Cancer cell lines, patient-derived tumor xenografts, primary patient-derived cell cultures
Human cancer cell lines originate from human cancerous tissues and are maintained by passaging for long time, even decades, in vitro typically on tissue culture plastic surfaces (in sort of Petri dishes). These are established and commercially available models. The culture conditions under which these cells lines have been established are typically minimalistic in nature and do not represent the complexity of a human organ, we therefore say that these are not organotypic cultures.
These cells underwent a strong selection process to survive under these in vitro conditions and are quite homogenous, in the sense that they do not model the cellular heterogeneity of a human tumor. We could see these cells as a subpopulation of the initial tumor cells, which the literature reports to have certainly deviated from their original state. How much of the original (primary) human biology is modelled by these cancer cells lines depends on the genetic, epigenetic, transcriptomic and proteomic differences which must be considered.
Certainly, cancer cell lines are established to be easily put in culture and maintained by various laboratories in parallel with low cost and minimal variability among researchers. Because every laboratory can expand and maintain these cells, differences can be introduced (on purpose or not). Thanks to the large amounts available, they are ideal for genetic manipulations and for large-scale projects, for instance in pharmacogenomics and other screenings.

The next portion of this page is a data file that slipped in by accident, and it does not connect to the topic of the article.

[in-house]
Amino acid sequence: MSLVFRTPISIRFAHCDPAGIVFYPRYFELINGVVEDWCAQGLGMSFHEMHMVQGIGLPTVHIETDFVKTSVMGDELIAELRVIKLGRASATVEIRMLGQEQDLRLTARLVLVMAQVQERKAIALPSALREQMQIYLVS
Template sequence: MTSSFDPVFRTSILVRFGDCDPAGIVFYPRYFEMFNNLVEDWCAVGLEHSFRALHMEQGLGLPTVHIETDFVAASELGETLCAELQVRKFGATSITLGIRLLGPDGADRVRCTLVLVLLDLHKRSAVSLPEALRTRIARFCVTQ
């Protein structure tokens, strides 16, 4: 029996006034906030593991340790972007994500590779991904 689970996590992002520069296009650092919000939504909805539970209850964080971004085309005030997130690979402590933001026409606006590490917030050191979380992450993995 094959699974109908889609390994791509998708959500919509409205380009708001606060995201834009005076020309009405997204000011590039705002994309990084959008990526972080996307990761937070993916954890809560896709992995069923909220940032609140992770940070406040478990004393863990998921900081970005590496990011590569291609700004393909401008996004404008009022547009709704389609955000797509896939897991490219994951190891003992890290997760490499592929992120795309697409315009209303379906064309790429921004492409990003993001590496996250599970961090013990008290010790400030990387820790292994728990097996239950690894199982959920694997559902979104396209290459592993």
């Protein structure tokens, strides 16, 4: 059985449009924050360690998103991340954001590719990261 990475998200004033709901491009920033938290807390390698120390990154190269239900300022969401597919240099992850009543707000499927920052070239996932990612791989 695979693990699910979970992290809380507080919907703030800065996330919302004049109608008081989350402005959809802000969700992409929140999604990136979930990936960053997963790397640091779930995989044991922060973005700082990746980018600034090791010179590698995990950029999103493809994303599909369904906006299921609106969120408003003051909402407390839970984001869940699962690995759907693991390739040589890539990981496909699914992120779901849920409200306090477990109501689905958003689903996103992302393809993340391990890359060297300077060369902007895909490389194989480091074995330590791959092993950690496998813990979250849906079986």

Interestingly, cancer cell lines can be subsequently moved to more complex environments (organotypic cultures) like in three-dimensional (3D) co-cultures with other cell types. These other cells are not necessarily cancerous, but are part of the tumor microenvironment (TME) and therefore influence tumor progression and response to therapies. These cells are for instance stromal cells (fibroblasts and mesenchymal cells of various type) holding the tumor and healthy tissues together via the connective stroma, but also endothelial cells constituting the vascular and lymphatic vessel structure, and finally the immune cells that keep us safe from infections but also from abnormally dividing tumor cells.
Scientists demonstrated in various occasions that the complex cell-cell interactions which can be mimicked in advanced 3D co-cultures/organ-on-a-chip systems confer superiority in terms of drug sensitivity compared to non-organotypic/standard cultures.